22 House Members Request Congressional Hearing on India's HIV/AIDS Epidemic
Washington, D.C. --- Citing a recent report by the National Intelligence Council that without the urgent implementation of a sizable, coordinated, and sustained response to the HIV/AIDS epidemic India could have as many as 25 million cases by the end of the decade, 22 members of the U.S. House of Representatives today called for a joint Congressional hearing on HIV/AIDS in India.
The formal request was made in a letter to International Relations Committee Chairman Henry Hyde (R-IL) and Ranking Member Tom Lantos (D-CA), and Energy and Commerce Committee Chairman Joe Barton (R-IN) and Ranking Member John Dingell (D-MI). In the bipartisan letter, organized by U.S. Reps. Frank Pallone, Jr. (D-NJ), founder of the Congressional Caucus on India and Indian Americans, and Barbara Lee (D-CA), the lawmakers cite the urgent need to address the issue and the widespread support among members of Congress for a hearing.
With a national HIV/AIDS infection rate of just under one percent, as high as five percent among high risk groups, and an estimated 4.58 million people infected, India ranks just behind South Africa as the country with the largest number of HIV/AIDS cases. Despite these findings, the members wrote that they are encouraged by the Indian government's response over the past year.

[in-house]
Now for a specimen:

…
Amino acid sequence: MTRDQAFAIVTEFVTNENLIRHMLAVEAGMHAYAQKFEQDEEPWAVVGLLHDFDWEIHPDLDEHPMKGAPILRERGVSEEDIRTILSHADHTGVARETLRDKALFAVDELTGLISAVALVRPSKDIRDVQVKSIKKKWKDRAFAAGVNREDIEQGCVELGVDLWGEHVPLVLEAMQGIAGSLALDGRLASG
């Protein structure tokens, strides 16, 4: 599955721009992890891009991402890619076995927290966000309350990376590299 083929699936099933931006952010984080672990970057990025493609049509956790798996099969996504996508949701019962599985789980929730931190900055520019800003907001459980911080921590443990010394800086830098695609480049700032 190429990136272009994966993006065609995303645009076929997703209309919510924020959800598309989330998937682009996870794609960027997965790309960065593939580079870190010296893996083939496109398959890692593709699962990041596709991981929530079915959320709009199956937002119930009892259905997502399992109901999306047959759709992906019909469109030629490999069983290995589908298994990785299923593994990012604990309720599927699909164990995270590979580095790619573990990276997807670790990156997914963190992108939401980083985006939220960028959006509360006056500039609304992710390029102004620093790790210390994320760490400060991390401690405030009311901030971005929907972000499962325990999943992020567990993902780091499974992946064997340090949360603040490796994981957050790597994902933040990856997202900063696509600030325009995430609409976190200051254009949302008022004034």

"Political leadership from the Prime Minister, and in particular, a group of dedicated Parliamentarians who created a Parliamentary Forum on HIV/AIDS, have helped to motivate plans to expand prevention programs, provide anti-retroviral treatment, and draft legislation to criminalize discrimination against individuals living with HIV/AIDS," the 22 members wrote. "Nonetheless, substantial concerns still exist regarding the ability of the government, NGOs and interested foreign donors to rapidly scale up prevention programs and provide universal access to treatment services in a country as large as India.
"Given the traditionally close business and political ties between India and the United States, and India's key strategic position as our ally in a volatile region, not to mention the large bipartisan support for India from the 182 members of the Congressional Caucus on India and Indian Americans -- we believe a joint hearing on this important subject would generate considerable interest," the members continued.
In the letter, the members expressed their confidence that India could contain its HIV/AIDS pandemic and pointed to India's proactive response to the tuberculosis (TB) epidemic
as a model for an AIDS treatment program. India has the largest number of TB cases in the world, accounting for one-third of all global TB cases and one-quarter of all TB deaths. In recent years, India has made more rapid progress than any other nation in expanding effective TB treatment programs.
Following, is a list of the 22 lawmakers who signed the letter:
Frank Pallone, Jr.
Chris Van Hollen